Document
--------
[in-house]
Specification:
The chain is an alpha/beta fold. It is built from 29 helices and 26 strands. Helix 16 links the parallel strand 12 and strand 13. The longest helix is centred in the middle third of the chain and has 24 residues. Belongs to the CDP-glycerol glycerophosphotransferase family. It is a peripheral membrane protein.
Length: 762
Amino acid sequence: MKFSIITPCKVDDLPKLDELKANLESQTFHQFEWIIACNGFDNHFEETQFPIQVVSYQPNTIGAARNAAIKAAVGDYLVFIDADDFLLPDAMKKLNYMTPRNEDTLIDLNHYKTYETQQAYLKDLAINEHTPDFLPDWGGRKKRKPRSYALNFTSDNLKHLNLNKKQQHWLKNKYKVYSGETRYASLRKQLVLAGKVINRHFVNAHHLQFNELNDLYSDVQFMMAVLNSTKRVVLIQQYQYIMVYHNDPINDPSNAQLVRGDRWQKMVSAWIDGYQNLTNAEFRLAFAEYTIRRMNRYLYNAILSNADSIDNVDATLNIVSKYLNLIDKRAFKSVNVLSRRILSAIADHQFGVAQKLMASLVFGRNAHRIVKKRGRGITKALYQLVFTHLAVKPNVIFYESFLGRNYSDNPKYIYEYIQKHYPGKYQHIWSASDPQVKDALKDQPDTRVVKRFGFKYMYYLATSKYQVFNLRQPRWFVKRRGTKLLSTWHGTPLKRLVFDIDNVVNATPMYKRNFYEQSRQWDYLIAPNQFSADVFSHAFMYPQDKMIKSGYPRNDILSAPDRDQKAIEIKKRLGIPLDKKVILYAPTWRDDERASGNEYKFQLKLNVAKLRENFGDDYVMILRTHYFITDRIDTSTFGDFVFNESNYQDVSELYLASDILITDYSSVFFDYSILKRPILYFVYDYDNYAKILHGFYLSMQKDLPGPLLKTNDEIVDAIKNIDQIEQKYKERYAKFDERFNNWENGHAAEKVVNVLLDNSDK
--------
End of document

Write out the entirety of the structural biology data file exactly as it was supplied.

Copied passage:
[in-house]
Specification:
The chain is an alpha/beta fold. It is built from 29 helices and 26 strands. Helix 16 links the parallel strand 12 and strand 13. The longest helix is centred in the middle third of the chain and has 24 residues. Belongs to the CDP-glycerol glycerophosphotransferase family. It is a peripheral membrane protein.
Length: 762
Amino acid sequence: MKFSIITPCKVDDLPKLDELKANLESQTFHQFEWIIACNGFDNHFEETQFPIQVVSYQPNTIGAARNAAIKAAVGDYLVFIDADDFLLPDAMKKLNYMTPRNEDTLIDLNHYKTYETQQAYLKDLAINEHTPDFLPDWGGRKKRKPRSYALNFTSDNLKHLNLNKKQQHWLKNKYKVYSGETRYASLRKQLVLAGKVINRHFVNAHHLQFNELNDLYSDVQFMMAVLNSTKRVVLIQQYQYIMVYHNDPINDPSNAQLVRGDRWQKMVSAWIDGYQNLTNAEFRLAFAEYTIRRMNRYLYNAILSNADSIDNVDATLNIVSKYLNLIDKRAFKSVNVLSRRILSAIADHQFGVAQKLMASLVFGRNAHRIVKKRGRGITKALYQLVFTHLAVKPNVIFYESFLGRNYSDNPKYIYEYIQKHYPGKYQHIWSASDPQVKDALKDQPDTRVVKRFGFKYMYYLATSKYQVFNLRQPRWFVKRRGTKLLSTWHGTPLKRLVFDIDNVVNATPMYKRNFYEQSRQWDYLIAPNQFSADVFSHAFMYPQDKMIKSGYPRNDILSAPDRDQKAIEIKKRLGIPLDKKVILYAPTWRDDERASGNEYKFQLKLNVAKLRENFGDDYVMILRTHYFITDRIDTSTFGDFVFNESNYQDVSELYLASDILITDYSSVFFDYSILKRPILYFVYDYDNYAKILHGFYLSMQKDLPGPLLKTNDEIVDAIKNIDQIEQKYKERYAKFDERFNNWENGHAAEKVVNVLLDNSDK